Putnam and the Department of Agriculture was the Driver of the Bad “Water Bill” in 2015 and 2016

1. 2015 Water Bill (HB 7003) –

  • Effectively eliminated the District’s permitting program north of the lake, choosing to have the Dept. of Agriculture BMP program be the sole means of controlling P north of the lake. See lines 504-507 (deleting the definition of the District’s WOD Program from NEEPP); line 898 (striking the District’s WOD Program and inserting BMAP); lines 1118-1123 (requiring SFWMD to revise 40E-61, the District’s WOD Program for north of the lake, “to be consistent with this section” (i.e., not applicable to ag north of the lake)); line 1703 (striking 40E-61).
  • Reduced opportunities to limit loading going into Lake Okeechobee. See lines 729-745 (changing review from every 3 years to every 5 years).
  • Eliminates oversight of Dept. of Agriculture BMPs and weakens existing law. See lines 911-918 (deletes the requirement to consult with other coordinating agencies and affected parties when conducting a reevaluation of ag BMPs (403.067(c)(4) requires Dept. of Agriculture consult with just FDEP); pre-existing language required both a reevaluation of the Dept. of Agriculture BMPs and changes to the Dept. of Agriculture BMP rules whenever water quality problems were detected by ag non-point sources despite appropriate implementation of Dept. of Agriculture BMPs; changed to require reevaluation “pursuant to s. 403.067(c)(4),” which only requires rule amendments if the reevaluation conducted by FDACS determines modifications are required).
  • Eliminated permitting requirements for structures that discharge to and from Lake Okeechobee. The pre-existing law required that these structures obtain a permit under NEEPP with conditions to ensure discharges through the structures were adequately and accurately monitored, would not degrade Lake O water quality, would “result in an overall reduction of phosphorus input into” Lake O, as set forth in the District’s Phase 2 Technical Plan and the Lake O TMDL, and “do not pose a serious danger to public health, safety, or welfare.”
  • All of this language was deleted. See lines 1664-1703.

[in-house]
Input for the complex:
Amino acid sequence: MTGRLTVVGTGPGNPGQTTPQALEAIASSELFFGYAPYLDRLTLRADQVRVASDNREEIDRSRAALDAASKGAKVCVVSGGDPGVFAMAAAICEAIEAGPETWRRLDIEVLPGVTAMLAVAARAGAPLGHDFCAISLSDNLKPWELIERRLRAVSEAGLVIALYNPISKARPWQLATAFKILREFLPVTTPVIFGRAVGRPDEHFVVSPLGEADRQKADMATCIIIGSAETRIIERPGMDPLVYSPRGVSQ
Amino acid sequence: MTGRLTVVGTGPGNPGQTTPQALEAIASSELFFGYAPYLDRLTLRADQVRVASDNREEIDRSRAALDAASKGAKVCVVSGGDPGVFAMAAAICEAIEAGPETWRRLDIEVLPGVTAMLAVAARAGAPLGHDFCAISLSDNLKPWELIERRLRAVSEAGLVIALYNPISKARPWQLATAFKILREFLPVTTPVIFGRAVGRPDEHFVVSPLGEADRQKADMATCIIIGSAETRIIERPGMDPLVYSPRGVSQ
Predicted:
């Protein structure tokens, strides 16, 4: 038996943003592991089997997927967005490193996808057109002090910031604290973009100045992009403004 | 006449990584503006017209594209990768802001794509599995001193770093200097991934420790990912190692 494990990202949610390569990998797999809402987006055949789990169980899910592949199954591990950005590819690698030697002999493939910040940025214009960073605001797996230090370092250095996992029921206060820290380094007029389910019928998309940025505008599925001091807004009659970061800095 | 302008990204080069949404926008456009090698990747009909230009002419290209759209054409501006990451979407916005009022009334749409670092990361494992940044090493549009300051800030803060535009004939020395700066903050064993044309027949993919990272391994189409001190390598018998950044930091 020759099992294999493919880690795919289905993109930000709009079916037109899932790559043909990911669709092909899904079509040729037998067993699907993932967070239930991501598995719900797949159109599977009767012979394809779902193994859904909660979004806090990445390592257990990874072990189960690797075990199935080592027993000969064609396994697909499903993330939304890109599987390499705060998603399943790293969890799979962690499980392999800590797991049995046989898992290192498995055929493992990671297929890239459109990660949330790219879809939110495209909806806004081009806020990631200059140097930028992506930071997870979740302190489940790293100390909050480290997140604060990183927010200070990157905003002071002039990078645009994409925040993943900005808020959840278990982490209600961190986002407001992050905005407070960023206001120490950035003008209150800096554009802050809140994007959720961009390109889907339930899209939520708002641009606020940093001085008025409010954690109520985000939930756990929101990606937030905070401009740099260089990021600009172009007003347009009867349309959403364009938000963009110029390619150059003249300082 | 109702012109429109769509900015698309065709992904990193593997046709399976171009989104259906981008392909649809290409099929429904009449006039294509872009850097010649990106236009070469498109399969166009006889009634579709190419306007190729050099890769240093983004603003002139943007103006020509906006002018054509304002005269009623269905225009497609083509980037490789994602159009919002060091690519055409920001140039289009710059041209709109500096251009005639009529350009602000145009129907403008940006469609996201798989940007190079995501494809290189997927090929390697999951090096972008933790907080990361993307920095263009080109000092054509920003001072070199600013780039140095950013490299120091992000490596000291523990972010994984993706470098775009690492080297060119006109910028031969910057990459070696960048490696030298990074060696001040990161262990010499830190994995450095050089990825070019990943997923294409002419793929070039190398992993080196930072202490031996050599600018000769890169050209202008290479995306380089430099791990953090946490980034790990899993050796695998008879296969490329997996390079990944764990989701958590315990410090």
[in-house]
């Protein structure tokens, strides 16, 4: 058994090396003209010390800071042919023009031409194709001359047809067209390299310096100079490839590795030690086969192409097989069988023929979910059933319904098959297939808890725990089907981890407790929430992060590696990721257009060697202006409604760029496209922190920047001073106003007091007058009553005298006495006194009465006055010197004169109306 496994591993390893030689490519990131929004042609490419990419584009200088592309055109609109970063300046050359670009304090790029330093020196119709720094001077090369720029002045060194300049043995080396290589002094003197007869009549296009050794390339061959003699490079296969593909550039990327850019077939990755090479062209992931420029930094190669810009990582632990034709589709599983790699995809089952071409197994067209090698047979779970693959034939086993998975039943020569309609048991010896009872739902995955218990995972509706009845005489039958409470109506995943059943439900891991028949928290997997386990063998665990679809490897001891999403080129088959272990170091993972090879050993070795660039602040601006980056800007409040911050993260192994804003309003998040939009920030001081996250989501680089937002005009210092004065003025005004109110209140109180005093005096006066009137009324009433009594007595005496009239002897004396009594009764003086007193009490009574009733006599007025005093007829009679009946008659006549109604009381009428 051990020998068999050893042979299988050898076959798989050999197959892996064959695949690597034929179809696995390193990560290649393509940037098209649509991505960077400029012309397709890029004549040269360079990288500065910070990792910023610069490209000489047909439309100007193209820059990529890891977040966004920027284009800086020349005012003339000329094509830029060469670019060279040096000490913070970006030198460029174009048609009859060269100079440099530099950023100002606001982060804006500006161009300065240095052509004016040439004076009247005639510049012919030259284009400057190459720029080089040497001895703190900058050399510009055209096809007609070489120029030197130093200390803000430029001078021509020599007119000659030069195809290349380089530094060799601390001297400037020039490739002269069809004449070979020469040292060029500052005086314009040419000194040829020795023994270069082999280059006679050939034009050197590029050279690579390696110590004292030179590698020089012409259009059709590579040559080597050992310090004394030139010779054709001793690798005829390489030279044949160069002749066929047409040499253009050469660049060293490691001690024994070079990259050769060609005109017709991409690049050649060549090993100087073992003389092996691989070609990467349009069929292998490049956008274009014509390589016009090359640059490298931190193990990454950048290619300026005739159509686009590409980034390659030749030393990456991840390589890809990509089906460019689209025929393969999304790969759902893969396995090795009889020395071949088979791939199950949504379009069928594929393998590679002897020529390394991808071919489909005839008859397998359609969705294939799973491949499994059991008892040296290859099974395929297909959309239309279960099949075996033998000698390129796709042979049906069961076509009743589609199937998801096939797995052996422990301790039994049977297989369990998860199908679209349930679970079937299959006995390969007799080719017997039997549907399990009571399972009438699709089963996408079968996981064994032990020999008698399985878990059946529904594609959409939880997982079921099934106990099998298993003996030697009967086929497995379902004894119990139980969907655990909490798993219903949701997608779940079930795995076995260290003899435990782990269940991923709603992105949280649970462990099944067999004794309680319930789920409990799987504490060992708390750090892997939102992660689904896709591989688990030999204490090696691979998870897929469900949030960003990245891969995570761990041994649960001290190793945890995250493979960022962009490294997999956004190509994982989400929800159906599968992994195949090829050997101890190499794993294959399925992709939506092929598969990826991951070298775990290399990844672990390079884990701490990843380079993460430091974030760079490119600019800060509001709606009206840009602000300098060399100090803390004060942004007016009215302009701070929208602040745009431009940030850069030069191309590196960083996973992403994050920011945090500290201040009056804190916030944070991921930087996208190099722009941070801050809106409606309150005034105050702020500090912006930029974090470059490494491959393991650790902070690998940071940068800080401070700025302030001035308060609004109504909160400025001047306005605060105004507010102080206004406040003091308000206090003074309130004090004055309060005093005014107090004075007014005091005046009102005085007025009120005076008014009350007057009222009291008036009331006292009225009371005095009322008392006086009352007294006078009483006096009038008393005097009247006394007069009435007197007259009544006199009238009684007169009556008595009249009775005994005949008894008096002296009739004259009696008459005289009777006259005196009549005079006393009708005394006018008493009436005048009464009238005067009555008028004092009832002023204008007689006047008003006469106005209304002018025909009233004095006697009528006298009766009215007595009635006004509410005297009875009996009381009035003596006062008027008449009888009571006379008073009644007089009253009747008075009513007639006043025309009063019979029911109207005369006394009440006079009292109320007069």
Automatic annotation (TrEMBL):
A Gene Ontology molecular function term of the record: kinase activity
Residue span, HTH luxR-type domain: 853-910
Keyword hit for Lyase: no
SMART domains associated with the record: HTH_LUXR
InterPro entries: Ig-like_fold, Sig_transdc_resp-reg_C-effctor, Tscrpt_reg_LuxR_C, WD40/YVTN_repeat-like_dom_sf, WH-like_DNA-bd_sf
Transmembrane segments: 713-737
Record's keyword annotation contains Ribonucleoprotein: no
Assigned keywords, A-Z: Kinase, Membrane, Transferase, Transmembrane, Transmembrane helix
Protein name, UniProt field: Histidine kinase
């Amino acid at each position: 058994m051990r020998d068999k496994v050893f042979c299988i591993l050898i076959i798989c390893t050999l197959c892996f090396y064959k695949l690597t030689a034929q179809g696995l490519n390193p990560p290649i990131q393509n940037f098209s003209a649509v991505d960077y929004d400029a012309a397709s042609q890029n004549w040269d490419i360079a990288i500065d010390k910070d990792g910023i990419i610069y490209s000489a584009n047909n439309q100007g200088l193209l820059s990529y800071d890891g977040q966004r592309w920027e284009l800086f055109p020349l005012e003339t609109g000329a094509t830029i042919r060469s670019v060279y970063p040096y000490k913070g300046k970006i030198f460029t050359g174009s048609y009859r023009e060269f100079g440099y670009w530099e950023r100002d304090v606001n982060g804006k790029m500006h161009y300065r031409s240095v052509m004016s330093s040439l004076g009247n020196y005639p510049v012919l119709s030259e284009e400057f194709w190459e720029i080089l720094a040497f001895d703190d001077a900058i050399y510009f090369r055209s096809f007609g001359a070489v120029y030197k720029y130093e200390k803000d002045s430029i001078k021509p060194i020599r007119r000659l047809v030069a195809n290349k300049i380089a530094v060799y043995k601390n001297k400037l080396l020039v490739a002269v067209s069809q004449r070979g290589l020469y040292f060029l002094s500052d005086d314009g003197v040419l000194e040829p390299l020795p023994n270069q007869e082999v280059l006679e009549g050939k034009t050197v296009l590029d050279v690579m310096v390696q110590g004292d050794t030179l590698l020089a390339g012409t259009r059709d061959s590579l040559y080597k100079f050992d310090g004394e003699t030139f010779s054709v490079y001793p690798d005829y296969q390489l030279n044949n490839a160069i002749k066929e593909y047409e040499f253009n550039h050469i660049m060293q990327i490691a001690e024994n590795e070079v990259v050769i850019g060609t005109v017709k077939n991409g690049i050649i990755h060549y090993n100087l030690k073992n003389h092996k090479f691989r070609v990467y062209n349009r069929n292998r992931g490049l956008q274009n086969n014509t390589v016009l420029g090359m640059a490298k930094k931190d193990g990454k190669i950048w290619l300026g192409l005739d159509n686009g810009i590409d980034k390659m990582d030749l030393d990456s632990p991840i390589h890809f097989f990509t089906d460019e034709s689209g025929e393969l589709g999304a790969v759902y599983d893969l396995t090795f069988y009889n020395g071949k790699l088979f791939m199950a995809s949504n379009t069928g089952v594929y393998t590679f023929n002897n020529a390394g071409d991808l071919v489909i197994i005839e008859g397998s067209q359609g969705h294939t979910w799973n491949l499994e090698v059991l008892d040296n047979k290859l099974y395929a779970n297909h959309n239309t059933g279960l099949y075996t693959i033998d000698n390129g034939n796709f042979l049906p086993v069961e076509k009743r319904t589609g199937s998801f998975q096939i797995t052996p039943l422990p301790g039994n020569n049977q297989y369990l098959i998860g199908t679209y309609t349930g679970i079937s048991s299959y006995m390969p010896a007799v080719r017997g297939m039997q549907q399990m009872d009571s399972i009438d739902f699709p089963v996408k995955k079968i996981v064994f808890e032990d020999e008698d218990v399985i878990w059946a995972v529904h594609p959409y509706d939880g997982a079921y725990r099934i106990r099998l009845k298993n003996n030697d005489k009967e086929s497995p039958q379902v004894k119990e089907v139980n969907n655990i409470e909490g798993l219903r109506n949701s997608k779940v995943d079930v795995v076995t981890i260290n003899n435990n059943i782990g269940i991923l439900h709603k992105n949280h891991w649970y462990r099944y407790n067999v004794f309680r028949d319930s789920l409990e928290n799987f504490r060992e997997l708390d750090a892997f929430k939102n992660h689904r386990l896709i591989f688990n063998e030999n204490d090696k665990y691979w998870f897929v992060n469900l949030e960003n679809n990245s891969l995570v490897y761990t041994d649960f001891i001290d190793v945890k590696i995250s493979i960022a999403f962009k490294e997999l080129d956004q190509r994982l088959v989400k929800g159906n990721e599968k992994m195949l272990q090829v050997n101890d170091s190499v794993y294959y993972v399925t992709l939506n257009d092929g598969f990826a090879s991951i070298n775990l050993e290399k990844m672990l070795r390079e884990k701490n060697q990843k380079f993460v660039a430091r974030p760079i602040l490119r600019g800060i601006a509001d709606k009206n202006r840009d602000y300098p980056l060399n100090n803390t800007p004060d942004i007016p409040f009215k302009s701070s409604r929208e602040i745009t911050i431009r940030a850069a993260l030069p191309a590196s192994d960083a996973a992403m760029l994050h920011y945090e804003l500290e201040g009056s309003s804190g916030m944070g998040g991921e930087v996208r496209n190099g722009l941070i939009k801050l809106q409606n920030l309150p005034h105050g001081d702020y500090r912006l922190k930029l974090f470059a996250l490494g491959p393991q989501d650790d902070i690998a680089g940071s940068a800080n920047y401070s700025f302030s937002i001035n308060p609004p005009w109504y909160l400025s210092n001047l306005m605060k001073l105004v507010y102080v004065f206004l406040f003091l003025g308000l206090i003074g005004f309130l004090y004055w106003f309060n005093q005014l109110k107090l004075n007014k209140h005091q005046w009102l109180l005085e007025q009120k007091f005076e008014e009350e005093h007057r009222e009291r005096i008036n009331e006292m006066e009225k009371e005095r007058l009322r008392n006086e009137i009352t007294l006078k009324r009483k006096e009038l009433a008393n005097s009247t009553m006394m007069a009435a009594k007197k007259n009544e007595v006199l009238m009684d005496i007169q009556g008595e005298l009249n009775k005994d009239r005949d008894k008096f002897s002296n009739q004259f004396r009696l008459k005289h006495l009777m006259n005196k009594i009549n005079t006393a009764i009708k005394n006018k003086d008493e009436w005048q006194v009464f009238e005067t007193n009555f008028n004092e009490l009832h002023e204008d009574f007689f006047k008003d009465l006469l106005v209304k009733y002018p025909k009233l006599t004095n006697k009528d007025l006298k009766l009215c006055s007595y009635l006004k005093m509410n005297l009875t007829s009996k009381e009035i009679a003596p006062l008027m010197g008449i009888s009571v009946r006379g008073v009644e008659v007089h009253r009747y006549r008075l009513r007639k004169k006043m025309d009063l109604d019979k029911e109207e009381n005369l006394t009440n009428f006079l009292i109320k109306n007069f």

• Extended the deadline for meeting the Lake O TMDL indefinitely. Pre-existing law required SFWMD to apply to FDEP for a permit that would “incorporate proposed changes necessary to ensure that discharges through structures covered by [the NEEPP] permit achieve state water quality standards, including the [TMDL]” and “[t]hese changes shall be designed to achieve such compliance with state water quality standards no later than January 1, 2015.”  This language was amended to only require SFWMD to get a permit that ensures the discharges “are consistent with the [BMAP],” and while they struck the January 1, 2015 deadline for meeting water quality standards in Lake O, no new was put in place.  See lines 1703-1713.

2. 2016 Water Bill (HB 7005/SB 552) –

  • Includes same things as 2015 Water Bill, but the Senate did put some additional protections in place. See lines 2351-2358 (requiring FDACS to annually report on the status of ag BMP implementation and its implementation assurance reports); lines 3693-3698 and 3700-3704 (created Fla. Stat. § 403.067(7)(d) requiring Dept. of Agriculture to adopt by rule procedures to verify implementation of ag BMPs and requiring such rules to include enforcement procedures).

3. Department of Agriculture’s Implementation of Fla. Stat. § 403.067(7)(d) – Rule 5M-1.008 (Implementation Verification) and Rule 5M-1.009 (BMP Implementation Assistance)

  • Instead of adopting a rule that included enforcement procedures, Dept. of Agriculture adopted rules that provide BMP implementation assistance and transfers enforcement over to FDEP. See Rule 5M-1.009 (describing the BMP “implementation assistance” Dept. of Agriculture will give enrollees, which states FDACS will work in cooperation with the producer to identify corrective measures to achieve full implementation of BMPs that “include setting of expectations for the time required to complete them” (i.e., no enforceable deadlines); if the producer does not implement the corrective measures, Dept. of Agriculture “will work in cooperation with the Producer and Landowner, if the Producer is not the Landowner, to identify remedial measures to be taken by the Producer and, if necessary, the Landowner to achieve full implementation of Applicable BMPs” that “include setting of expectations for the time required to complete them” (i.e., no enforceable deadlines); if they don’t implement the remedial measures, Dept. of Agriculture “will notify DEP within 60 days after the date of scheduled completion of remedial measures identified pursuant to paragraph (1)(b), of any Enrolled Producer or Landowner that refuses or fails to implement Applicable BMPs”).  The referral to FDEP starts a new clock for enforcement.
  • Remember, these are people who are already enrolled in the Dept. of Agriculture program saying they are currently implementing certain BMPs.  Dept. of Agriculture gives them two bites at the apple to do what they are already supposed to be doing, and instead of instituting their own enforcement procedures, they kick it over to FDEP to enforce if the person isn’t doing BMPs, and FDEP has to start from square one with an enforcement proceeding.
  • Lake Okeechobee loading does not seem to be improving under Putnam’s/ Dept. of Agriculture BMP program. To see current and historical loads going into Lake Okeechobee, see Chart 8B-3, p. 8B-15. For land use, see Chart 8B-1, p. 8B-10.  For a comparison of land uses between 2009 and 2014, see Chart 8B-2, p. 8B-11. To see where the loads are coming from, see Chart 8B-5, p. 8B-17.

Subscribe News Donate
Facebook Twitter Instagram